New reports show the club drug ketamine, also known as “Special K,” may be used to treat severe depression. But is it such a good idea to push a drug to treat depression when that drug has a long history of being addictive, mind-altering, and potentially quite harmful?
In recent years, a movement has grown in both the U.S. and Canada to recognize the alleged “benefits” of hallucinogenic drugs. The language surrounding this movement is dangerous because it serves to normalize drugs that have known harms and long-term risk factors.
Drug use and excessive alcohol consumption cause and worsen a very long list of physical and mental illnesses. To maintain a healthy life, avoiding drug use, or recovering from addiction, are vital first steps.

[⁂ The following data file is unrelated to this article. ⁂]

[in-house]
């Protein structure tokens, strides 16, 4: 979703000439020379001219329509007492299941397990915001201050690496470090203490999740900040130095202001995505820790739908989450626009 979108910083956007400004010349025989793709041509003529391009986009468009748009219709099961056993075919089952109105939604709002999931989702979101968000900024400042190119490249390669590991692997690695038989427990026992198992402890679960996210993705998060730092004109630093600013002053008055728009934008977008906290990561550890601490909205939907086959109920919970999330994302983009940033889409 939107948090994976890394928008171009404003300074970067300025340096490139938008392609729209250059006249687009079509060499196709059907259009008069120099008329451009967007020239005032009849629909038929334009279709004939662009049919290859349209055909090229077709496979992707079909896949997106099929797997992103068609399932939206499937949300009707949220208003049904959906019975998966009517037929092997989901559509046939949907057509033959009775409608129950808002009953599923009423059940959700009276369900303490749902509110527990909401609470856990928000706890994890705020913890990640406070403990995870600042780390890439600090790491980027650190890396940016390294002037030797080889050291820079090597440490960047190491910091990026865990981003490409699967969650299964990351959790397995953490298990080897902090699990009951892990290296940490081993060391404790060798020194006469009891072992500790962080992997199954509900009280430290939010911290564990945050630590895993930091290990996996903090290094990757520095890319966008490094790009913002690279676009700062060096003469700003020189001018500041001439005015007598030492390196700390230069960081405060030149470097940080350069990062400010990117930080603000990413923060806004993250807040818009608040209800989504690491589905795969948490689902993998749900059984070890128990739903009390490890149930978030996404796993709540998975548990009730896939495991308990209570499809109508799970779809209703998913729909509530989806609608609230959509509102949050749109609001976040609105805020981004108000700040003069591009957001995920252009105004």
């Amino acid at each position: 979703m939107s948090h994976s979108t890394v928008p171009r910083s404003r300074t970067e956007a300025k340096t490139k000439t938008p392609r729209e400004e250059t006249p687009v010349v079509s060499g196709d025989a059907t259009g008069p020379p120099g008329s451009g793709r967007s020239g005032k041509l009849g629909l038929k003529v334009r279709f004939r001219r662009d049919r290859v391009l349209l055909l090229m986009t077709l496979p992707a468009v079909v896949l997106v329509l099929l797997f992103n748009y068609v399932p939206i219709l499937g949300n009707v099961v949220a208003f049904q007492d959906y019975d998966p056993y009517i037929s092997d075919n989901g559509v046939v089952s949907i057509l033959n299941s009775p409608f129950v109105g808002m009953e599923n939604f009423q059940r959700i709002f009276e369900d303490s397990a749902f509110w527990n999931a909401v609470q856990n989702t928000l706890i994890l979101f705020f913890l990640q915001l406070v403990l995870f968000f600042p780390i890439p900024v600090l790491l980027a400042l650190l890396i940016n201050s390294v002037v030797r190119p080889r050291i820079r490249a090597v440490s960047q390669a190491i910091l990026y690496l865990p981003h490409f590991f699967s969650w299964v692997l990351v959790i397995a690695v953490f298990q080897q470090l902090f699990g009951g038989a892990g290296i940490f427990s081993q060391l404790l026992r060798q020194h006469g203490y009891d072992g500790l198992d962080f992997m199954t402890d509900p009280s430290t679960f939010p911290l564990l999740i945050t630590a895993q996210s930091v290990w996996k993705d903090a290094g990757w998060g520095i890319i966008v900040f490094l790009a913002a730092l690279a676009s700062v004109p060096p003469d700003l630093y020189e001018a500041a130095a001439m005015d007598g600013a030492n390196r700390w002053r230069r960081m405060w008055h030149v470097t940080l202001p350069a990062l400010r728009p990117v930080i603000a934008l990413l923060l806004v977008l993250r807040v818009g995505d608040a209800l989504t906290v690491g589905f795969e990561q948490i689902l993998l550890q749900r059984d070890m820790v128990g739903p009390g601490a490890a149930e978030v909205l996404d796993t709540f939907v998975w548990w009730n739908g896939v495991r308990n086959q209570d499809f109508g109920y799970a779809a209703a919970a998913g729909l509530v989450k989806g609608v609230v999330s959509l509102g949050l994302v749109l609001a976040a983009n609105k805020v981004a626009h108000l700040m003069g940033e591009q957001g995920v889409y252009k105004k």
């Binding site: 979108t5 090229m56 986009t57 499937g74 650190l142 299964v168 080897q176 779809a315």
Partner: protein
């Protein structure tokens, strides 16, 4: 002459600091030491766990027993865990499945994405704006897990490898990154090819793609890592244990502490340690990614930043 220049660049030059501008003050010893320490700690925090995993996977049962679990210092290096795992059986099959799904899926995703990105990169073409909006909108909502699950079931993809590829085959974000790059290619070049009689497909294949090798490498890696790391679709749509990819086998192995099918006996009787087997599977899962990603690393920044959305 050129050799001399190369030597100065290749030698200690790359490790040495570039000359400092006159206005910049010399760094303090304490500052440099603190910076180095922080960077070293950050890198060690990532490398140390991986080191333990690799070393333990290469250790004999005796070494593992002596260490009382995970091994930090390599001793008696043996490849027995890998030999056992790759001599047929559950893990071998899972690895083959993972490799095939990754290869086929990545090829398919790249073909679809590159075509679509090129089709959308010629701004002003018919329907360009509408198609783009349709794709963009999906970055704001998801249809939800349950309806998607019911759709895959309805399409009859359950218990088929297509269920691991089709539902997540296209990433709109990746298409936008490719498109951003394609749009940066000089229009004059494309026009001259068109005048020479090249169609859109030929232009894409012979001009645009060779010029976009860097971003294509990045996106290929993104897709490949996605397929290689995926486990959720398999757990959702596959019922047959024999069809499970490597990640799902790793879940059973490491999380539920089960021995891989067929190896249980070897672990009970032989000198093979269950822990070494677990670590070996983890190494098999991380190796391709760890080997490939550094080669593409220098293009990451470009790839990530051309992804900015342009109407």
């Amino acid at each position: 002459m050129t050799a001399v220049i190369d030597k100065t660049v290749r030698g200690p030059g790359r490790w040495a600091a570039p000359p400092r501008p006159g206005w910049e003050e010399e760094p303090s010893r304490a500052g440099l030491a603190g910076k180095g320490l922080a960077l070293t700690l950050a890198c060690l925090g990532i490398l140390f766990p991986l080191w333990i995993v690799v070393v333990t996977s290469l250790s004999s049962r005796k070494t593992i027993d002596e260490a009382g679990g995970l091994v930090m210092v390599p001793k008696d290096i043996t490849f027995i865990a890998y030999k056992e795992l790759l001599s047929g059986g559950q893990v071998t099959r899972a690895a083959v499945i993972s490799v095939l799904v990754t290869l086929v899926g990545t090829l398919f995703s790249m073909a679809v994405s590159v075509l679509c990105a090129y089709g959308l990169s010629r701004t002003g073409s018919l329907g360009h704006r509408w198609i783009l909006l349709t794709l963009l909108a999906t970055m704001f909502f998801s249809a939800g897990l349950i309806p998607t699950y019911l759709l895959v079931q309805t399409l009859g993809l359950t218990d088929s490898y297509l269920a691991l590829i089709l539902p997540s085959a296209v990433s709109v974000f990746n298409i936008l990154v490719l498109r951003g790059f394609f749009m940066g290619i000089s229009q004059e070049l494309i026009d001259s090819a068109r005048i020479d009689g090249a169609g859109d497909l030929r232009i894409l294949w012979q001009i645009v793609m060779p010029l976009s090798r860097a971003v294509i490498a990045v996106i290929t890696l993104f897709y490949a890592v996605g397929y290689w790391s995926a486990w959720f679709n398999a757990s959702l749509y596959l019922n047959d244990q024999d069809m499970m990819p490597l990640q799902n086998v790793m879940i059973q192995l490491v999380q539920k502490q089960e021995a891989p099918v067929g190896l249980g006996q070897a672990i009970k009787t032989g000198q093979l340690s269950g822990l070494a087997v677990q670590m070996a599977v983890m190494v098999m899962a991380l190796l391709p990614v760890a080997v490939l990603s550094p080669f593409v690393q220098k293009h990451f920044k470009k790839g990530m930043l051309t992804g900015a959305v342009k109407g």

Ketamine was bad enough. We don’t need another drug that’s even worse. Meet methoxetamine.
For parents and professionals, knowing the slang terms for popular drugs might mean the difference between detecting drug use and addiction and missing it. The DEA has just published an updated list of drug slang that can help with this vital task.
Do you have a son or daughter or maybe a friend who spends a lot of time going to nightclubs or dance clubs? Then the chances are very good that they are using drugs as well. Probably a combination of drugs which increases their risk of harm or even death.
If you have been watching headlines that relate to drug overdoses, you’ve heard of fentanyl, a powerful opioid manufactured in China but often imported into the U.S. The cheap price and high potency of this drug make it a drug dealer’s dream but a family’s nightmare.
Did you ever hear that saying “If something sounds too good to be true, it probably isn’t”? That could apply to plans to use the party drug ketamine to treat depression.